Friday, February 19, 2010

My top 5 airplane movies

For one reason or the other airplane movies attract me a lot, and many other movie lovers. It is easy get into cheap flights to travel to any place nowadays, but rather difficult or impossible to witness the situations in shown airplane movies, and some of these are based on real life stories.

I like Pearl Harbor (2001), directed by Michael Bay, a story retold about the Japanese attack on Pearl Harbor Naval Base and the subsequent Doolittle Raid. The war-thriller recreates the Pearl Harbor episode grippingly. As the story ends, two men of the Doolittle Raid succeed in their bombing mission but their plane run out of gas; crash-land into a rice field where Japanese soldiers run towards them. Just as Rafe McCawley (Ben Affleck) is about to be shot by the Japanese, Danny Walker (Josh Hartnett) jumps in front of Rafe and takes a shower of bullets. Rafe holds the dying Danny and tells him that he can't die because he is ‘going to be a daddy’. But Danny asks Rafe should be with Evelyn (Kate Beckinsale) and become the father of her child. The scene is gripping and remains fresh in memory, much more than the fighter planes and war sequences.

The ultimate comedy film ‘Airplane!’ (1980) directed and written by David Zucker, Jim Abrahams and Jerry Zucker, is a film that I like a lot not just because it is an airplane (TWA Boeing 707) film but the funny comic sequences. It is rather a spoof of the disaster film genre. Rated as one of the best comedy films ever, it re-wrote the rule for comedy films of the future. The plot is spun around an ex-fighter pilot, Ted Striker, who developed a mortal fear of flying, and attempts to regain the love of his life, Elaine, a stewardess. He buys a ticket on a flight she is serving on. After dinner is served, many people fall ill due to food poisoning, including the pilots, leaving no one aboard to fly the plane. Elaine contacts the Chicago control tower for help, but she is instructed to activate the plane's autopilot, which will get them to Chicago but will not be able to land the plane. Elaine realizes that Striker is their only hope. Though hesitant to pilot the plane, finally, he lands the plane at the airport and his courage wins Elaine's love for him.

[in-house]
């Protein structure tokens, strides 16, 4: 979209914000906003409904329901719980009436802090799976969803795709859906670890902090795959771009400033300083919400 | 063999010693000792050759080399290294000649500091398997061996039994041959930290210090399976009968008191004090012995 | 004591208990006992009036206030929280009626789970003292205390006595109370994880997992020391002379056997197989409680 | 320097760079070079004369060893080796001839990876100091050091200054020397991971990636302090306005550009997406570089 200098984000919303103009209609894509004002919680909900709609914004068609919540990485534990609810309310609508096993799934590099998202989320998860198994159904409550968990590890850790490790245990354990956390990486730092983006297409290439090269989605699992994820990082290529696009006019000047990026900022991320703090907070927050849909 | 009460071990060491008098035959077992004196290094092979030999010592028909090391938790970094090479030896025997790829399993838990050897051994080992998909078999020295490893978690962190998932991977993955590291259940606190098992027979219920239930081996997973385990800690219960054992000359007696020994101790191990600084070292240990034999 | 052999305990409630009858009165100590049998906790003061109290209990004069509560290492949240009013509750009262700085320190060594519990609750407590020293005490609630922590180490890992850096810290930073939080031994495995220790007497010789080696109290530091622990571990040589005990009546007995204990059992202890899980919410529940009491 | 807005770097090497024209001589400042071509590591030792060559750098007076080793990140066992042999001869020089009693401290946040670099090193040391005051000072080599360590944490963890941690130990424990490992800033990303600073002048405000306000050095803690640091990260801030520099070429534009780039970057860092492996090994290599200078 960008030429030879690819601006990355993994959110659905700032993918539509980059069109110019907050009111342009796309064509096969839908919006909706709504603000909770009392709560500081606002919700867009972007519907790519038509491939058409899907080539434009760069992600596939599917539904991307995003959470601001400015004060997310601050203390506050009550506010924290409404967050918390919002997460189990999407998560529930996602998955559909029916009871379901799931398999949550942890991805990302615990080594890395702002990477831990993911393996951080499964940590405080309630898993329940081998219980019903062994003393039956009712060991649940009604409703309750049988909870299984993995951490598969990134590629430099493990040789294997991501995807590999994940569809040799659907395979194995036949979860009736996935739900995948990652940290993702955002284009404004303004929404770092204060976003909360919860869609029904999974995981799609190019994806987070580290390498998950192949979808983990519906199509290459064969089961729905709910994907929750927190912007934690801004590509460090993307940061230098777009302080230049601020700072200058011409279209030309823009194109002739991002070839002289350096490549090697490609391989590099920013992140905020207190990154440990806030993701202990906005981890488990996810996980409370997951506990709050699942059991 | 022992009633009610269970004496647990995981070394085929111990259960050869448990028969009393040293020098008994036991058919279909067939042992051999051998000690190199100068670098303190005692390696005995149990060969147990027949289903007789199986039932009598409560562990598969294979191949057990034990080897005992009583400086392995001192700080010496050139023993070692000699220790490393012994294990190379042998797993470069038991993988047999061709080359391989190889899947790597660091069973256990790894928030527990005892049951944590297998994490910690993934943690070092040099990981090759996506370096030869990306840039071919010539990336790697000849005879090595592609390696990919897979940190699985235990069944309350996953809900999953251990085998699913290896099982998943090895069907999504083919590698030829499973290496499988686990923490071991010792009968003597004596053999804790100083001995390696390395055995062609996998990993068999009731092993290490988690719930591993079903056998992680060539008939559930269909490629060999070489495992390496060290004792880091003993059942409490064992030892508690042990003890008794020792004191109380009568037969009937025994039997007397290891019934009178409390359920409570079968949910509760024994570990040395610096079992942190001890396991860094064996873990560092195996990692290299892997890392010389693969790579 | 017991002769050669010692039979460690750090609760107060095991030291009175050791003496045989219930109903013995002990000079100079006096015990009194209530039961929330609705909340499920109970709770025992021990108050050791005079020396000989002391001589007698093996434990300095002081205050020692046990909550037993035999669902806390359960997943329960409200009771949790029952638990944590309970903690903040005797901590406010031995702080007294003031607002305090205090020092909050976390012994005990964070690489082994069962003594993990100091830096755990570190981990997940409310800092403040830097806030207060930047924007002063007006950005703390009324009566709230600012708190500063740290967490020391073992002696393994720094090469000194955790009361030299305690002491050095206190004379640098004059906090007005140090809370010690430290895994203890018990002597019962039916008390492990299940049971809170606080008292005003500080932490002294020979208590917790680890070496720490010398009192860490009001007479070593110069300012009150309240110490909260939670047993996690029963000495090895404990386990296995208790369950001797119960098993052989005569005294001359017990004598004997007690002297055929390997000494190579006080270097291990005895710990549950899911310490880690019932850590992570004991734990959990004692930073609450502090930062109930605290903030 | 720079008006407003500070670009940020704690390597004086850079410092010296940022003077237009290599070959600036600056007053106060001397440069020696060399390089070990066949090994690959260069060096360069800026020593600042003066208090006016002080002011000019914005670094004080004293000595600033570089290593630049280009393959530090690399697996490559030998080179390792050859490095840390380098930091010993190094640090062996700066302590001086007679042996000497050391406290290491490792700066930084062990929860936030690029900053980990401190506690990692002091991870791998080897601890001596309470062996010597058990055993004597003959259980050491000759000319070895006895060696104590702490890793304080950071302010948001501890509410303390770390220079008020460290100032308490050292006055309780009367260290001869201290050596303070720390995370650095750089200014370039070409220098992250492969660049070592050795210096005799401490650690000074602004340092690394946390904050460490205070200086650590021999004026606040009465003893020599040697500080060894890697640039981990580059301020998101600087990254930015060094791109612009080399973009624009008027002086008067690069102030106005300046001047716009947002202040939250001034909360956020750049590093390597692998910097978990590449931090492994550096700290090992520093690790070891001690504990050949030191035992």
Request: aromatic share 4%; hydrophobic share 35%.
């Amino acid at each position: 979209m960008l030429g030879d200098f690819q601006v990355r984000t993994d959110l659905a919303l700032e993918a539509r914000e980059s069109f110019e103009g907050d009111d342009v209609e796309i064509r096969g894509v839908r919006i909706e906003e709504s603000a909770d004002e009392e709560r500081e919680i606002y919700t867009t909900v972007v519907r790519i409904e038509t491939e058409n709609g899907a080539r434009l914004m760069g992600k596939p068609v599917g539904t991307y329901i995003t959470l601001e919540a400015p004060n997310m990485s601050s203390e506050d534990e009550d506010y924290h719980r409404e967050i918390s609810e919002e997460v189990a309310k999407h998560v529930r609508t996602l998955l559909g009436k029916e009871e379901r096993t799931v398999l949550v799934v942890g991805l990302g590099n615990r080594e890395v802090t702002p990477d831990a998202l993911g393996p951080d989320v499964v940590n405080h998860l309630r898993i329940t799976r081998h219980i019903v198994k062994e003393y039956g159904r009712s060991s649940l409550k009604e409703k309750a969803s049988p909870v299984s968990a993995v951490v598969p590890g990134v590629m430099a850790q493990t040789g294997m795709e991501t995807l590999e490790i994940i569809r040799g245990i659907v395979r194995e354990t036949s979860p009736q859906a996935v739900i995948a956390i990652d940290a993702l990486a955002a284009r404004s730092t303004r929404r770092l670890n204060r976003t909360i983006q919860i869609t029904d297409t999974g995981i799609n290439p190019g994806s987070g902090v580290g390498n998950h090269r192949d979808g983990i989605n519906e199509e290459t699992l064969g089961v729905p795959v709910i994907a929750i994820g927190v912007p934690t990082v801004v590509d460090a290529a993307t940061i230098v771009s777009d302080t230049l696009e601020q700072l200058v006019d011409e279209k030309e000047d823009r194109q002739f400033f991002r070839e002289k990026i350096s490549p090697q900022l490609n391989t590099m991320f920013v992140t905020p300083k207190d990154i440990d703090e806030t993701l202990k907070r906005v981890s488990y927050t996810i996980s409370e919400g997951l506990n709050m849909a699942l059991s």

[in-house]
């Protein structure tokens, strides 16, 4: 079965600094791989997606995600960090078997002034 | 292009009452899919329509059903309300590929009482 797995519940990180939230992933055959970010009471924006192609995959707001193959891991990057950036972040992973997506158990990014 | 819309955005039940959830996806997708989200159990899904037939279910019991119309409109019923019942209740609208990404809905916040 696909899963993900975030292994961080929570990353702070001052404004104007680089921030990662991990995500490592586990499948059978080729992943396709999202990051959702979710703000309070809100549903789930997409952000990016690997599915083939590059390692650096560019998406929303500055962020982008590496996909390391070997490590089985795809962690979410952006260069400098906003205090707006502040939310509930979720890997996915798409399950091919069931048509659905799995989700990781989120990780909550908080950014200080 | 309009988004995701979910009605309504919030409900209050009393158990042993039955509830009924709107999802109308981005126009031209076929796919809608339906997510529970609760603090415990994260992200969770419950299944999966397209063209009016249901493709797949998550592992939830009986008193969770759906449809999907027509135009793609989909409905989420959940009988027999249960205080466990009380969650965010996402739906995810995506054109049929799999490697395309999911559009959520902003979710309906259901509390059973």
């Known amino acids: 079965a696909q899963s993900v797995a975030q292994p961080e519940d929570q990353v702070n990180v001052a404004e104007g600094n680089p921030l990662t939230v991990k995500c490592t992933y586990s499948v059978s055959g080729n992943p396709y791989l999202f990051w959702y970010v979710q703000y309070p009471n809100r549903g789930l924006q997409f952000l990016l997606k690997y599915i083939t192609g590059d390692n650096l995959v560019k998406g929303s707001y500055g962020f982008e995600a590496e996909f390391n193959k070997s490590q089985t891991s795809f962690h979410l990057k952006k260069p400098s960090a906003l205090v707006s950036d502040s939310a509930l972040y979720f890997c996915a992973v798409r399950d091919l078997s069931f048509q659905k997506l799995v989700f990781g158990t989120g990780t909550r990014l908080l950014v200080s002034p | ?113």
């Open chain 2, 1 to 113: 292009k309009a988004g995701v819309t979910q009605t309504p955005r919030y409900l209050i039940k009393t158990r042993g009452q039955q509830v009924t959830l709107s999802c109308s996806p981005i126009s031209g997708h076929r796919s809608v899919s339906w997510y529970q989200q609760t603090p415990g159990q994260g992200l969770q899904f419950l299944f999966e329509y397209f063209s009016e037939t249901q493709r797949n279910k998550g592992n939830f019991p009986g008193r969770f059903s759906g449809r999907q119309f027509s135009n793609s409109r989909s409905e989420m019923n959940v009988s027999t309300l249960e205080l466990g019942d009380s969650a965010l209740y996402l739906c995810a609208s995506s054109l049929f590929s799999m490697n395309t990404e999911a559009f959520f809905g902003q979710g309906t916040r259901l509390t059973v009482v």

In the sequel to ‘Airplane!’, ‘Airplane II: The Sequel’ (1980), Elaine has long-since left Ted Striker (Robert Hays) and is now engaged to Simon Kurtz (Chad Everett), one of the flight crew of the lunar shuttle Mayflower One. Striker, now in an insane asylum, reads of the upcoming Lunar Shuttle launch and escapes from the asylum and buys a ticket for the flight. During the flight, the lunar shuttle suffers a short circuit and the computer develops a mind of its own, sending the ship toward the sun. Kurtz abandons Elaine and leaves in the only escape pod. Once again Striker is called upon to save the shuttle, and as usual he saves the shuttle and safely lands on the moon that is being colonized. Also, Striker and Elaine fall back in love and are married at the end. However, the sequel is no match to the original.

Airport (1970) directed by George Seaton, focuses on an airport manager trying to keep his airport open during a snowstorm, while a suicidal bomber plots to blow up a Boeing 707 in flight. Demolition expert Guerrero (Van Heflin), unlucky and mentally ill, purchases a life insurance policy with the intent to commit suicide by blowing up a Boeing 707 using a self-made bomb hidden inside an attaché case while in flight over the Atlantic Ocean. The detonation causes decompression and Guerrero is sucked out of the plane. Chief stewardess Gwen (Jacqueline Bisset), pregnant with Demerest's (Dean Martin’s) child, is seriously injured in the blast. The plane returns to blizzard-hit Chicago to attempt an emergency landing. Many years later, the only one Boeing 707 used in the filming, a 707-349C, while flying for Transbrasil with registration PT-TCS, crashed on March 21, 1989 while making a high speed approach at runway 09R of São Paulo's Guarulhos International Airport after departure from Manaus Eduardo Gomes International Airport.

‘Airport 1975’ (1974), sequel to ‘Airport’, set of a craze for disaster films during the 1970s. The story is about a Boeing 747-100 (Flight 409) and a private Beechcraft Baron used by Scott Freeman (Dana Andrews), a New Mexican businessman, with Los Angeles reporting zero visibility. So both flights are diverted to Salt Lake City airport. Air traffic control assigns the jumbo to enter the pattern first, followed by the Beechcraft. As 409 is making its final approach, First Officer Urias (Roy Thinnes) feels a vibration on a panel and rises to check it out. Freeman, who missed his sales meeting, suffers a massive heart attack and the Baron falls out of the pattern and descends into the approach of 409. The Beechcraft impacts the flight deck just above the co-pilot seat. Urias is blown from the cockpit and the consequences of the midair near-collision and rescue efforts follow. This sequel was a huge box office success and it was followed by Airport '77 and the fourth sequel The Concorde...Airport '79’. The only one actor who appeared in all the four "Airport" films was George Kennedy (see photo) in recurring role of Joe Patroni, rising from a chief mechanic in Airport to a Vice President of Operations in Airport 1975, a consultant in Airport '77, and an experienced pilot in The Concorde...Airport '79.

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